What is Github?…I hear you ask. Well Github is a website which hosts the public code repositories for projects and should have details of ongoing code releases and changes. When assessing a project check out their Github page. If there have been no updates in a few weeks this could indicate that work on developing the coin has stalled or the coin has fulfilled it’s purpose already and the devs are planning their next project…..or a week in the Bahamas….

Social Media

Does the project have an active social media prescence? Are they on Facebook, Twitter or other platforms and how often do they post? An initial flurry of activity followed by ‘dead air’ may be an indication that the project is no longer an ongoing concern. No social media presence at all would indicate a lack of nous in building a market for the project and again may need to be avoided.


Discord seems to be the main hub of activity for the communities of these coins and can be a great source of information on the project, devs and activity on the project. It’s worth monitoring the projects discord group and assessing the behaviour of the team supporting the project. Are they responsive, do requests for help get dealt with quickly, do the main devs interact with the community on a regular basis — and by regular I mean daily. This can give a good sense of the project you are potentially investing in but it should be used in addition to the checks above and not on it’s own.

Price action

OK I know this seems to be a strange subject to include but please bear with me. This is your last check before you spend your cash on the coins for your chosen node. Assuming you are happy with your due diligence findings above the final check to perform is to ensure you are not buying into a coin at the top of a pump in price. Has the price risen sharply in the last few days? If so check Discord and other sources to see if there is a reason for this such as a successful test of the product, imminent release or significant partnership. If so then this could just a natural upturn in the price of the coin and less likely to be a pump. If you can find no reason for a price increase it could be a pump or the market going through it’s normal up and down cycle. Either way you may wish to consider delaying your purchase to see if the price retraces.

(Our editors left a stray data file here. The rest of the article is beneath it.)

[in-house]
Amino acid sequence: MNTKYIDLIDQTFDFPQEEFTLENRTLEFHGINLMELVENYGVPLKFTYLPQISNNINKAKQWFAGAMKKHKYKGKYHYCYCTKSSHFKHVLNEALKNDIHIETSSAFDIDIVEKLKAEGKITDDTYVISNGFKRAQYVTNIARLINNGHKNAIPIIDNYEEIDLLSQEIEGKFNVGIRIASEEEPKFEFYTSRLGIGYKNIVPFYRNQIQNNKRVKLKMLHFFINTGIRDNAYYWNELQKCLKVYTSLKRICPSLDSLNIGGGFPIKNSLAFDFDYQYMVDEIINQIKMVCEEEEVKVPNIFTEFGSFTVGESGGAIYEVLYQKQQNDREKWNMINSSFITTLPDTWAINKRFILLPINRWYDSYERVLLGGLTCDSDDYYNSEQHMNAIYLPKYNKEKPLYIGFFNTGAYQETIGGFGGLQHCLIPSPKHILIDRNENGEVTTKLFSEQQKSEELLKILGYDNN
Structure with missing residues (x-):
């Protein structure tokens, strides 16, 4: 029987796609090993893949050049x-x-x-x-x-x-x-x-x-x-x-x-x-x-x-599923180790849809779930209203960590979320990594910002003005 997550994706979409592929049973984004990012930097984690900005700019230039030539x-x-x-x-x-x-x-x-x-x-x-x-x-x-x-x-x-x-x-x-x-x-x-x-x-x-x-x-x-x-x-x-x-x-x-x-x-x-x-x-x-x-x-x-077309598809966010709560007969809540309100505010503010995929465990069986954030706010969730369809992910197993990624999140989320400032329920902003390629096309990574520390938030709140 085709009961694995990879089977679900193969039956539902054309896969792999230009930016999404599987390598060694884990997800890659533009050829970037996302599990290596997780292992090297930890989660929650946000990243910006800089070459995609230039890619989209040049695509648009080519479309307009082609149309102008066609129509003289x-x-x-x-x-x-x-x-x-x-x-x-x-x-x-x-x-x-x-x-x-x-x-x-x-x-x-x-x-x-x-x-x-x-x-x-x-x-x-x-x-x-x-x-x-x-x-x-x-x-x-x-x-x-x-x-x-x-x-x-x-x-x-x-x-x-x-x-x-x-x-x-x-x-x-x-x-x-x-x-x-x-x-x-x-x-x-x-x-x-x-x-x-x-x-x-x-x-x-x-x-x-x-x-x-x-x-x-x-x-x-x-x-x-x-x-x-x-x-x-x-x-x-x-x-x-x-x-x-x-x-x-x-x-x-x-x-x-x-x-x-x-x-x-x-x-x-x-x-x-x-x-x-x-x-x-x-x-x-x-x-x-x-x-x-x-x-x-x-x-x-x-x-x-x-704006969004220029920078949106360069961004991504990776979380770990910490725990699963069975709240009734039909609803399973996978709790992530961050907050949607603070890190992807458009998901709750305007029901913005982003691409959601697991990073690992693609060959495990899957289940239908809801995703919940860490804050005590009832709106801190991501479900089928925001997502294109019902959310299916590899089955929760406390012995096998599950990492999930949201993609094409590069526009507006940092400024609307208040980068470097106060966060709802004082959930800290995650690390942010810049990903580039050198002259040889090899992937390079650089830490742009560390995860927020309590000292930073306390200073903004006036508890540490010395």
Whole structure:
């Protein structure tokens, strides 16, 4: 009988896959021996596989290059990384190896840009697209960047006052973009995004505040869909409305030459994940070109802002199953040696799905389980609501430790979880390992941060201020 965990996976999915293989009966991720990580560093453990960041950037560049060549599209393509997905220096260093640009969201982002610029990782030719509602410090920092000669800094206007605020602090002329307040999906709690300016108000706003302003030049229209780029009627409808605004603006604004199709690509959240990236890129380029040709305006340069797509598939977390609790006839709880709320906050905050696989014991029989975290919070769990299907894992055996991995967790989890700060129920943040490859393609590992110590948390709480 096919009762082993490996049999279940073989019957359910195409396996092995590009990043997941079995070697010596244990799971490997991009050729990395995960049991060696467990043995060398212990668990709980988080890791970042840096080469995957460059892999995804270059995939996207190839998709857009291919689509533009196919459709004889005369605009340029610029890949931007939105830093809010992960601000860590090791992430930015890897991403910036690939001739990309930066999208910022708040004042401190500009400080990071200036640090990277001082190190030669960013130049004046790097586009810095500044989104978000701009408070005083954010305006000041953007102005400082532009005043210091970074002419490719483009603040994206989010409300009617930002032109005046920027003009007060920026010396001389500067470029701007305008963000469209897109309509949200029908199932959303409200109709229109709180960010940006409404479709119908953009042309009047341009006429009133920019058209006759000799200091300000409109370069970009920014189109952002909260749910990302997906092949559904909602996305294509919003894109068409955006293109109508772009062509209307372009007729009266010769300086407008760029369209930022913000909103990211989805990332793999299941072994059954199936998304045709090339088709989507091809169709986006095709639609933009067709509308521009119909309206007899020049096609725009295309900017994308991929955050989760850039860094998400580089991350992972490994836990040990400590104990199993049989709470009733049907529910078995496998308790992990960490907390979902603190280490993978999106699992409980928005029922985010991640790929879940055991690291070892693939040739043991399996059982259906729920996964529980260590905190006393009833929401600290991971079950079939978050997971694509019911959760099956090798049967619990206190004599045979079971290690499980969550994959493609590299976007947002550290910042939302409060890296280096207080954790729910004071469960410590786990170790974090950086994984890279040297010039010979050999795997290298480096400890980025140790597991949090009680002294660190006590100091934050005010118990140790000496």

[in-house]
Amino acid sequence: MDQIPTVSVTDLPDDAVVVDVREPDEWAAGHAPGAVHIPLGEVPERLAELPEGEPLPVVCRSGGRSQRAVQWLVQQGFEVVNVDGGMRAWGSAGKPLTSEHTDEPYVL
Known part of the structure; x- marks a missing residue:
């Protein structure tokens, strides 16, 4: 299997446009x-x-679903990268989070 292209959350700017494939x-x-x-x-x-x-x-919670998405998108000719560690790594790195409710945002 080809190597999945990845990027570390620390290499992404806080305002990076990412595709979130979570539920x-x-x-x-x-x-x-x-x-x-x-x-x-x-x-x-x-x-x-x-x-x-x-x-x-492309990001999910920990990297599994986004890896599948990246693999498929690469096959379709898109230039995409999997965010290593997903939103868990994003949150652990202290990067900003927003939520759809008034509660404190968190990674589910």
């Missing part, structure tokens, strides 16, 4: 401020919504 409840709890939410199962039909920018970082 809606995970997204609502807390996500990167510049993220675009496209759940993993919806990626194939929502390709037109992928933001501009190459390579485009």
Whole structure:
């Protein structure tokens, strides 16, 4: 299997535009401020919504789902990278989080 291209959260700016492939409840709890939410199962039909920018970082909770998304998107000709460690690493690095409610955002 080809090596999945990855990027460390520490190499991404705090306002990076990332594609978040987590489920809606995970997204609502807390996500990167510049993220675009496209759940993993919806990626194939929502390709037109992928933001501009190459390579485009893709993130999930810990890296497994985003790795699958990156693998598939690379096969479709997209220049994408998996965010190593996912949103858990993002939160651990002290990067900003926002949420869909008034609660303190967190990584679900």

So as a final nugget I have pulled together a very high level diagram which attempts to simplify the structure of a masternode blockchain. Blockchain purists will probably be able to poke plenty of holes in this but the aim is to bring a level of understanding of how a blockchain is structured for the uninitiated amongst us.

What’s next?

Well next it’s time to fill your boots and get buying! But joking aside please consider performing the checks above next time you are deciding upon a node or as the oft repeated adage goes…. DYOR!

In my next article, Tips, tricks and tips. What else do I need to know now I have my Masternode?, I run through all the tips and knowledge I have picked up on my node journey thus far in the hope of helping you get a few steps ahead with your set-ups and running your nodes.

Until then….

Happy noding!


For updates for when my next article lands or just general Masternodes updates, advice and guidance follow me on Twitter at